As with the 4000 line, most of the manual bits available in early B2s disappeared, and in you bought a late model it probably came standard with power locks, mirrors and windows. Most GTs also came equipped with a sunroof (manual and pop-out) and the rear wiper. Today’s example follows that convention minus the rear wiper. The package proved to generally be considered more than the sum of its parts, and in 1985 Car and Driver tested eight GT cars and proclaimed the Audi Coupe GT the best package available, beating ‘sports cars’ like the Supra, Mustang, and Camaro. One of the 3,586 sold in 1985, this Alpine White example reminds of a more simple time when you could drive a car at 10/10ths and still remain (mostly) at legal speeds:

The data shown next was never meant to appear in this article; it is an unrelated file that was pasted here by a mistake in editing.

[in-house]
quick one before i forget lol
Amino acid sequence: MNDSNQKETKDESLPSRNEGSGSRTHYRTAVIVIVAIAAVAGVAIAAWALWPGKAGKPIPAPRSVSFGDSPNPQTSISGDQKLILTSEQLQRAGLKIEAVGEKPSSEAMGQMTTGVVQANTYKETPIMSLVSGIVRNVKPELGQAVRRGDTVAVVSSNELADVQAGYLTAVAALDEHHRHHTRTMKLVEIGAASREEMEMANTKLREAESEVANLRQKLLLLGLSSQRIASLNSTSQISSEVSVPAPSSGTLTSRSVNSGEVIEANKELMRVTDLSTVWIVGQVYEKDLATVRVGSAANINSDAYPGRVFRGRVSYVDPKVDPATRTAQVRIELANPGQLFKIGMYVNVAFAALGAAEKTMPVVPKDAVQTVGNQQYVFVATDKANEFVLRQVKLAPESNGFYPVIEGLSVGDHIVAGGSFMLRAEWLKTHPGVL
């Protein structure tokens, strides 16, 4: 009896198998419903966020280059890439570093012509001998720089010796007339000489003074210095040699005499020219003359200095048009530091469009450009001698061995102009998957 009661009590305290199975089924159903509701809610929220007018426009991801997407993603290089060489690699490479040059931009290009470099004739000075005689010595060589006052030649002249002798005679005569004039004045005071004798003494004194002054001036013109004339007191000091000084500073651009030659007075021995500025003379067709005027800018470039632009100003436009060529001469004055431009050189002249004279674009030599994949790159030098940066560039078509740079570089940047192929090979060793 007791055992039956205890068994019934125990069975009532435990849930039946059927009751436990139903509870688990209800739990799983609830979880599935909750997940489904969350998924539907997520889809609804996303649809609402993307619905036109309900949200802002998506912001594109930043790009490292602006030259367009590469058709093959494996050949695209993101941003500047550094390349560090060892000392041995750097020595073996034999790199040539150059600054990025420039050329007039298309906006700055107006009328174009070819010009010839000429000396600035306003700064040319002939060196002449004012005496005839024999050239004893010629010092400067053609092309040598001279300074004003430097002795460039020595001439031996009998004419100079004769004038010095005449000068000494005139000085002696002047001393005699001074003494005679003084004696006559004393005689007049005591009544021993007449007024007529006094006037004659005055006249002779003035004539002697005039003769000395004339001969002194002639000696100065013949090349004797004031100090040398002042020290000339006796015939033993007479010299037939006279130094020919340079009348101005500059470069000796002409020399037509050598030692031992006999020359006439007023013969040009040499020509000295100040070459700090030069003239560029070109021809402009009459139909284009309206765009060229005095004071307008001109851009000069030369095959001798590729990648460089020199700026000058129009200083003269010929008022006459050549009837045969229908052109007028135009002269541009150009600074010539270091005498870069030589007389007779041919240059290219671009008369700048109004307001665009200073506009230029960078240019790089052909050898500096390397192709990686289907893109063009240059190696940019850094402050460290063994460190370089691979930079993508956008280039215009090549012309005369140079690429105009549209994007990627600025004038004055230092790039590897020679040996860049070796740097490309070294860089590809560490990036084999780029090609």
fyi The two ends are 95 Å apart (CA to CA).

Recently, in my 1989 GTI post, I referenced the Radwood show in California. A celebration of all things 80s (being liberal to accept items both older and newer, too!), Radwood has become the newest and hottest show to consider. Why? Well, to head to Pebble Beach, Amelia Island or Greenwich Concours, you’ll need a car of significant stature. But you can roll up to Radwood in a 4000 quattro you literally just pulled out of a field (seriously, someone did), and you’ll find fans to celebrate both the model and your insistence that it’s a cool car worthy of being saved. Because, ultimately, it was!
But the GTI I presented was a headscratcher because it was so expensive and subtle that most would probably walk right by. Sure, it had little details that were neat, but not THAT neat or THAT particularly 80s. But today’s GTI takes 80s To The Extreme, killin’ your brain like a poisonous mushroom as you ponder if anything less than the best is a felony: